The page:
Now, I’ve never been the person that flexes on other people as far as physical possessions like cars or designer handbags. But if I’m being honest I’ve derived esteem from being accomplished in my educational pursuits and career. The younger me felt that she had something to prove. Growing up I felt that certain people in my life expected me to fail so became driven by the idea of proving people wrong. And what better way to do it than to show people that ‘I made it’.  

Although I wasn’t trying to Keep up with the Jones’ in the traditional sense, I went on to earn three (expensive) college degrees to get the coveted letters behind my name. There’s absolutely nothing wrong with pursuing education and I have no regrets whatsoever about earning those degrees. But I do wish that I hadn’t spent so much time being preoccupied with what other people thought about me.  What I know now, as a mature woman quickly approaching 40, is that no one was sitting up at night on pins and needles, consumed with thoughts like ‘I bet Nicole is going to fail’. Yet I spent years of my life being a chronic box checker and goal-getter to prove something to people who weren’t even paying attention.

I wish I could go back and tell my younger self that you don’t have to prove anything to anybody. Instead, spend more time exploring what you truly want in life and pursue those things, because you want to, not because you think it’ll impress folks. 

Lesson #3: Invest a portion of every single paycheck.

Oh, my goodness. This lesson right here really hits home. Although I did make the wise choice to invest in my 401k in my early working years, I wasn’t nearly as aggressive as I now wish I had been. I wish I could go back and just start from day one with that very first big girl paycheck that I earned right out of school and just put a little bit aside. I’d easily be a multi-millionaire by now if I had the foresight to do so.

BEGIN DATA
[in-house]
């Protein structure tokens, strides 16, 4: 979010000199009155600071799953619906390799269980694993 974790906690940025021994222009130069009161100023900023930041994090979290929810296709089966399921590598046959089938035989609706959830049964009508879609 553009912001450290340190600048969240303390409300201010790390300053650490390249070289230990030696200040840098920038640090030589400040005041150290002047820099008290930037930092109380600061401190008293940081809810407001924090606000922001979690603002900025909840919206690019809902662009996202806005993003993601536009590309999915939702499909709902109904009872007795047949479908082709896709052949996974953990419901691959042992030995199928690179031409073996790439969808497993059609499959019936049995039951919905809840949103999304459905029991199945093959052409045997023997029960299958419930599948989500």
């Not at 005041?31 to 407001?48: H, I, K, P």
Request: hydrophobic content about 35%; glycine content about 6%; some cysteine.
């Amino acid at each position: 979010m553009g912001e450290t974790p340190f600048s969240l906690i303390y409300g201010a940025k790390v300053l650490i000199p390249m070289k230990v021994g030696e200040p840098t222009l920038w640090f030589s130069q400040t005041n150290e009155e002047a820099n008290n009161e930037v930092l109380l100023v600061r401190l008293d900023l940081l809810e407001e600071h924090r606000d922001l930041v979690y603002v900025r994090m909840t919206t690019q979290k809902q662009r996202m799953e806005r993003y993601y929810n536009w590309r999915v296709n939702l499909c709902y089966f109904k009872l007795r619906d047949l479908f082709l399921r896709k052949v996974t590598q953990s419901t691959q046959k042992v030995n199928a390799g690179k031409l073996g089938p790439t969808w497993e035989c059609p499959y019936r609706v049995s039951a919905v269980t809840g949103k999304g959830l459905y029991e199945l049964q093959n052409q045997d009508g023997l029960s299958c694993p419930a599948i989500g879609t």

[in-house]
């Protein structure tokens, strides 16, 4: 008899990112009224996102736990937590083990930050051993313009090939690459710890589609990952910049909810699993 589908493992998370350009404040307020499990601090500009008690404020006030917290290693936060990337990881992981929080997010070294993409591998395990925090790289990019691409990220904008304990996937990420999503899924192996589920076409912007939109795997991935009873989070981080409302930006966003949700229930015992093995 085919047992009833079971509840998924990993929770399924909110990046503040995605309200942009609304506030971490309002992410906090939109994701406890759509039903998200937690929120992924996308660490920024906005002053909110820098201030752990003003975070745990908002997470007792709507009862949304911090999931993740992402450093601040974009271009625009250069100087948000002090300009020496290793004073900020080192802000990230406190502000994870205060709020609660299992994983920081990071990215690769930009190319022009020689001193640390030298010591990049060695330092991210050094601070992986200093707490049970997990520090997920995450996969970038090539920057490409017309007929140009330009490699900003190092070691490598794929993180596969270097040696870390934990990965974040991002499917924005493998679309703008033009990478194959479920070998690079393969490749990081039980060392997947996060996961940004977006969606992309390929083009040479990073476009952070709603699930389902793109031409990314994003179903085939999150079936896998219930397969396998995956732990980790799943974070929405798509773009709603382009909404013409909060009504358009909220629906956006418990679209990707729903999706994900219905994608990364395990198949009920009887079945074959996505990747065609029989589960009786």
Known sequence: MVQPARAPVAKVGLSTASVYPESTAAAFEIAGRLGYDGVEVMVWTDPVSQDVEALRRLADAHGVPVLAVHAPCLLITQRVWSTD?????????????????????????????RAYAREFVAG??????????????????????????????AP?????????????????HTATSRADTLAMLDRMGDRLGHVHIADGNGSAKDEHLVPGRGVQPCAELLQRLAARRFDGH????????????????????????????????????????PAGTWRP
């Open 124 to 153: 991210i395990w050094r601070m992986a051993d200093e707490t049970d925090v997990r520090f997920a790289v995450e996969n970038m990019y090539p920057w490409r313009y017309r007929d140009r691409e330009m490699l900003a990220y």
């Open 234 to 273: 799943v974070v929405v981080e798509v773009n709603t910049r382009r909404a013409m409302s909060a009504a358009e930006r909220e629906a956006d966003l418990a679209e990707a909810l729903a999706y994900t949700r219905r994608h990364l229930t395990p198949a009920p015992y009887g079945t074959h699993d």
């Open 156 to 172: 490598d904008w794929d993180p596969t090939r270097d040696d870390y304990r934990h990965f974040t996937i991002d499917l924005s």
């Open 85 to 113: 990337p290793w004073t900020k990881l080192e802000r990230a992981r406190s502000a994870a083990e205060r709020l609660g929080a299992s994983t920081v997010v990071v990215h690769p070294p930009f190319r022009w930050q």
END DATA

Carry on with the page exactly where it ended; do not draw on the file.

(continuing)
But at the time as a 20 something-year-old person, I wasn’t really thinking long-term. I simply wanted to celebrate the fact that I’d finally finished school and was no longer a broke college student. I could actually spend real money! And I did. But if I had that time machine, I’d go back and tell homegirl to pass on the expensive luxury car with the $500 car payment. Instead get something a little more practical, less expensive, and then invest the difference.

Lesson #4: You need a budget, even if you make “good money”.

Unfortunately, there’s this misperception that if you make “good money” (whatever that means) that you can get away with not having a budget.  you don’t need a budget or because you are a high-income earner that you don’t need to be intentional about budgeting and tracking your money. Ten years ago, I probably fell into the trap of thinking that I could just simply wing it. I didn’t have any real strategy behind how I was spending or saving my money, because I comfortably earned enough to cover the bills and pay off my credit card at the end of the month.

But what I found was that I was not really making good long-term moves with my money. I was wasting a lot of money on things that I didn’t need because I didn’t have a true money plan. One of my favorite quotes from Zig Ziglar is “If you aim at nothing, you’ll hit it every time”. Regardless of how much money you’re earning, you need a spending plan to strategically approach expenses, savings, and investments.